- The Washington Times - Thursday, July 26, 2007


Four mountain gorillas fatally shot

KINSHASA — Four mountain gorillas were fatally shot and two went missing in the Virunga National Park in the Democratic Republic of the Congo’s eastern North Kivu region, conservationists said yesterday.

The four dead animals were found on Sunday by park rangers 47 miles north of the regional capital, Goma, the Congolese Institute for Nature Conservation told Agence France-Presse. Two others went missing the same day.

The mountain gorillas are a main tourist attraction in the Virunga park, where poaching of wildlife is endemic.


U.S. professor shot, woman kidnapped

YENAGOA — Armed robbers shot a U.S. professor and a security guard in the Nigerian city of Port Harcourt yesterday, the latest violent incident in the anarchic oil-producing Niger Delta.

Michael Watts, a Berkeley, Calif.-based analyst on oil-related violence in the delta, was in a hospital with bullet wounds in the hand after a newspaper office he was visiting came under attack, one of his friends said.

The security guard, a Nigerian, was also in a hospital with bullet wounds.

The incident came the morning after suspected ransom-seekers kidnapped the mother of the speaker of the state house of assembly in neighboring Bayelsa state.


Red Cross evicted from Ogaden region

ADDIS ABABA — Ethiopian authorities have ordered the International Committee of the Red Cross to pull out of the volatile Ogaden region for reputedly interfering in political issues, officials said yesterday.

The eastern region is also known as Somali and shelters an ethnic Somali rebellion — the Ogaden National Liberation Front — on which the government is trying to keep a lid.

The aid agency is accused of falsely claiming that the Ethiopian army was blockading aid in the region.

Earlier this week, the United Nations’ food agency said that military operations against the rebels were slowing down the delivery of humanitarian aid.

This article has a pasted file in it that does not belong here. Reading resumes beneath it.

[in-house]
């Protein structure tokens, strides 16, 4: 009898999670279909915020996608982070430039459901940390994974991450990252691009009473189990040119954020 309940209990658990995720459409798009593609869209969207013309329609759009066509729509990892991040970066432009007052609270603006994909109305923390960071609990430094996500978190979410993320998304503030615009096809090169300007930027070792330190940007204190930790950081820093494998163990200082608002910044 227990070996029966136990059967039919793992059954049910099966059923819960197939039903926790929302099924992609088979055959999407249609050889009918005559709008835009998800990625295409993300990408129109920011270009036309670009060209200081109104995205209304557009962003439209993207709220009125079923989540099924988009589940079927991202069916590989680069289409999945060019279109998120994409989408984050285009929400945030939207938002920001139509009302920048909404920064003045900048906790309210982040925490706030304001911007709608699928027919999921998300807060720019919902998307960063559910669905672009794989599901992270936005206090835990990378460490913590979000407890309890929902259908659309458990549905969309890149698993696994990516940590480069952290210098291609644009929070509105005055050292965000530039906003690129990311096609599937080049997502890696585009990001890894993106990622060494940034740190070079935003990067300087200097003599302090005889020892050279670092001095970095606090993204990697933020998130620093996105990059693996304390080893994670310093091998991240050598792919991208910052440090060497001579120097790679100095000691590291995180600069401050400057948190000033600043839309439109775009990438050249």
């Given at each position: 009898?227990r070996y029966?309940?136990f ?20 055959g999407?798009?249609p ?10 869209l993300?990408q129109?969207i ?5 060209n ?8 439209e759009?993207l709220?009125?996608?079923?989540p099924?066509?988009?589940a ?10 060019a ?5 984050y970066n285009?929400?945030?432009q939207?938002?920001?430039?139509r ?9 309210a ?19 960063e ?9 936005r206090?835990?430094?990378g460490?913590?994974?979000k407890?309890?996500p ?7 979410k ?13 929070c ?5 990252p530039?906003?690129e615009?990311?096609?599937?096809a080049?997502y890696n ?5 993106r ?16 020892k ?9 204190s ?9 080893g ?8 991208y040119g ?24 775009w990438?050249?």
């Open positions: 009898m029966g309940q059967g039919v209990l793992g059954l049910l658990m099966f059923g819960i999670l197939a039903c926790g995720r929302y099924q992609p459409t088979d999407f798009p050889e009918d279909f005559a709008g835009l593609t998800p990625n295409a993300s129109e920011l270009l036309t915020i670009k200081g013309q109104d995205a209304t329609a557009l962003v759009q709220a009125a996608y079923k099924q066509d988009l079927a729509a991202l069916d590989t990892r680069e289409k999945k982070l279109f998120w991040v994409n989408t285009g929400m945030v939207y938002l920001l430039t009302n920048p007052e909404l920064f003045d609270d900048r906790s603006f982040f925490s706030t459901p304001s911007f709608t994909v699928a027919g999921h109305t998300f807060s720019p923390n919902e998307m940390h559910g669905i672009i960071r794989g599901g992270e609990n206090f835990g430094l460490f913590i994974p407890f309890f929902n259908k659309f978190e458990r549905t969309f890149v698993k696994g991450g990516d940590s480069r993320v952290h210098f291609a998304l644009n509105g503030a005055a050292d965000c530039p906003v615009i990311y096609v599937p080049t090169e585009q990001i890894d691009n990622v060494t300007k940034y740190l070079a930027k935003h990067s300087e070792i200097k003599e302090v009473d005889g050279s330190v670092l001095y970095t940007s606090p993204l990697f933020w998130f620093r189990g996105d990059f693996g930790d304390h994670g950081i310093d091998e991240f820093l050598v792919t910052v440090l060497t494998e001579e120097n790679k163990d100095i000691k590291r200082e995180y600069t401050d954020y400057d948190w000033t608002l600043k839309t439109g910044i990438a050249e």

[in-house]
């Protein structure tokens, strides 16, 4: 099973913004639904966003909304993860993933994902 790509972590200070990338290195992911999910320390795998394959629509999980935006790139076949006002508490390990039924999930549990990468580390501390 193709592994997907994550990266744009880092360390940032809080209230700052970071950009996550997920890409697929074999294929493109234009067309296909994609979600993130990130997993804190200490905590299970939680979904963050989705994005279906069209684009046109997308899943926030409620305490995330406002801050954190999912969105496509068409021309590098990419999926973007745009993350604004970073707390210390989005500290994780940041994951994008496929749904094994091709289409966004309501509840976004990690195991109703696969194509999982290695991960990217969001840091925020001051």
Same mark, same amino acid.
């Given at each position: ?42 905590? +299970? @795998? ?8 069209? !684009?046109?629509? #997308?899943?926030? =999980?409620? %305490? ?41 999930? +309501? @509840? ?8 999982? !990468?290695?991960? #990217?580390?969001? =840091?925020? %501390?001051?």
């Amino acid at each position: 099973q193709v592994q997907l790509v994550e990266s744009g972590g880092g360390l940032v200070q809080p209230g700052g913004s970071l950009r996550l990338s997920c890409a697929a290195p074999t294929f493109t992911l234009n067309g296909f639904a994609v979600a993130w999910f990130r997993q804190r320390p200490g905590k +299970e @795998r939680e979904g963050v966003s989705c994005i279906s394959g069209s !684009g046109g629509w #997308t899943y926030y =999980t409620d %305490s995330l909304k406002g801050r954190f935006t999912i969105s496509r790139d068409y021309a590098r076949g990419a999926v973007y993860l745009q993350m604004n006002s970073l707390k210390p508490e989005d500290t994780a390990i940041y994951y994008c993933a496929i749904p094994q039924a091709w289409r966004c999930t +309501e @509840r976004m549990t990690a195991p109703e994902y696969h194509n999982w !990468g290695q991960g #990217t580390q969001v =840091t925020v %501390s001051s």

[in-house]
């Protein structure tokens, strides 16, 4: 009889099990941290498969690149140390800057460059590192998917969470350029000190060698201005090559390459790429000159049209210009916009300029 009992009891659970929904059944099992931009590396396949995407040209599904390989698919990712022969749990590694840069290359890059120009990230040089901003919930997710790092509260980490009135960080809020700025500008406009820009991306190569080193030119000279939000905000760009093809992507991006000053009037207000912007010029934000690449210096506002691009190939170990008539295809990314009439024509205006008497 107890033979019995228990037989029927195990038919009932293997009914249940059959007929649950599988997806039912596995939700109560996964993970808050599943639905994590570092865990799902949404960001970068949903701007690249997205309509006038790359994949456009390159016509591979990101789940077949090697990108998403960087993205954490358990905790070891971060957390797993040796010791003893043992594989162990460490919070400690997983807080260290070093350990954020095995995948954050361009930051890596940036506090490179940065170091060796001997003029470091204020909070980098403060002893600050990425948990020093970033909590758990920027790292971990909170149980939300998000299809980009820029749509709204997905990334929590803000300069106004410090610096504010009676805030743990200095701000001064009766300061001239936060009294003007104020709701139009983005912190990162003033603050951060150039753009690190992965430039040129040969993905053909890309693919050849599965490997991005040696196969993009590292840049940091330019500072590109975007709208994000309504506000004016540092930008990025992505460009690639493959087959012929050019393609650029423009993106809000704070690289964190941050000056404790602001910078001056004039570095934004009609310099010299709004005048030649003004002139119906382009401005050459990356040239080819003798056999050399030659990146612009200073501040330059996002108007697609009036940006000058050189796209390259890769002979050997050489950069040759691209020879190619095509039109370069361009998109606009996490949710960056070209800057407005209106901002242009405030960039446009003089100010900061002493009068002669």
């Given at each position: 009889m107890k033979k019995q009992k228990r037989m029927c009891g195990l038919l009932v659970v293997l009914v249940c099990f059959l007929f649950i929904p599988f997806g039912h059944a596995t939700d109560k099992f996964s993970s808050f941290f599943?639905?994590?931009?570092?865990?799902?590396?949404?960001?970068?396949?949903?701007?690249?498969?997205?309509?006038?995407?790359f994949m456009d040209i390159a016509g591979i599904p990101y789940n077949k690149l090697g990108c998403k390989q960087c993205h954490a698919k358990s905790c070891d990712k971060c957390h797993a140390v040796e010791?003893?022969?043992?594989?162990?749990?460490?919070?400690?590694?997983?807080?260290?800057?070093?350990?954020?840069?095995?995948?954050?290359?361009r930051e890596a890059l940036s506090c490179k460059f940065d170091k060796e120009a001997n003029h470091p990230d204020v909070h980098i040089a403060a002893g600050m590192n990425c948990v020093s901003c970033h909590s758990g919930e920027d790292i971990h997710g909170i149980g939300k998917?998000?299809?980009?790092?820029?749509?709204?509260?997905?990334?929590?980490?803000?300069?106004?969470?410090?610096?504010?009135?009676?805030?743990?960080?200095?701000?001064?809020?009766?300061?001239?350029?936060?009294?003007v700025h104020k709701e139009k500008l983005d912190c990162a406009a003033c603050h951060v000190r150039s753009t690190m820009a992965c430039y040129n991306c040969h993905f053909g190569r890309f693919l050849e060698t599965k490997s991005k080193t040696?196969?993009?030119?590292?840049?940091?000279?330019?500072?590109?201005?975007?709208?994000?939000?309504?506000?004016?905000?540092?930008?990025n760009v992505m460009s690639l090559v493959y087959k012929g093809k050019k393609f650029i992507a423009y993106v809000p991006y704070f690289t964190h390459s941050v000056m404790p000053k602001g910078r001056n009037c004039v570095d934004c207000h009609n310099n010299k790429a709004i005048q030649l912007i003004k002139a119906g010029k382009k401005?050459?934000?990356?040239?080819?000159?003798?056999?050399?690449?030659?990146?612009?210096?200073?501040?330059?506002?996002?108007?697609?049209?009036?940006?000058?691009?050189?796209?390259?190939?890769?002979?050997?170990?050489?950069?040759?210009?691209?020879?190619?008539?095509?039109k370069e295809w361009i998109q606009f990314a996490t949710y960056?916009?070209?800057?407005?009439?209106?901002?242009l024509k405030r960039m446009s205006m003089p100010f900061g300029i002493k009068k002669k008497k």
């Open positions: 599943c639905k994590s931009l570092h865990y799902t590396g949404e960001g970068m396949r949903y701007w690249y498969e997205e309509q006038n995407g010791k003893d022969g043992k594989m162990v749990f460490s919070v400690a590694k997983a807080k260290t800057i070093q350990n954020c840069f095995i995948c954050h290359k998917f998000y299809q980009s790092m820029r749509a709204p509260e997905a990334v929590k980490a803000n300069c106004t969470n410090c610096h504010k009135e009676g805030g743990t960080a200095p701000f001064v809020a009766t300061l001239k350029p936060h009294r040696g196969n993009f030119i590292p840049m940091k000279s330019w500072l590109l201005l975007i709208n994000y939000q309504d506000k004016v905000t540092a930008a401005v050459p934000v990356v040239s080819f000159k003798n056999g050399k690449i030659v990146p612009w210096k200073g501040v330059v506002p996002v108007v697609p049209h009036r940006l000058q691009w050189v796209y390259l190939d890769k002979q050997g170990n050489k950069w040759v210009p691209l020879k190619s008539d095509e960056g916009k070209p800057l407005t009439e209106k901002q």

Ruling party routs opposition in vote

YAOUNDE — Veteran Cameroonian President Paul Biya’s ruling party routed the opposition in parliamentary elections over the weekend, provisional results showed Tuesday, but his main opponents denounced the ballot as a sham.

Mr. Biya’s Cameroon People’s Democratic Movement secured a crushing majority of 152 of 180 National Assembly seats, up from 149 in the previous legislature, with the outcome of seven seats yet to be announced.

Extra security forces deployed in Santa, a town in the northwestern heartland of the main opposition Social Democratic Front, as tension mounted over delays in the announcement of results that local observers said put the SDF ahead there.


Strikers march for democracy

MANZINI — Thousands of striking public sector workers brought Swaziland’s second city to a standstill yesterday as they took to the streets to demand the introduction of multiparty democracy.

Schools and government factories were closed, while hospitals and banks were forced to run skeleton services during a strike called by the country’s main trade union body to denounce the current system of government, which ensures that absolute power resides in the hands of King Mswati III.

Unions and rights groups are hoping that their show of strength will lead to a dismantling of the traditional tinkhundla system of government under which Mswati retains full executive, legislative and judicial powers.

From wire dispatches and staff reports

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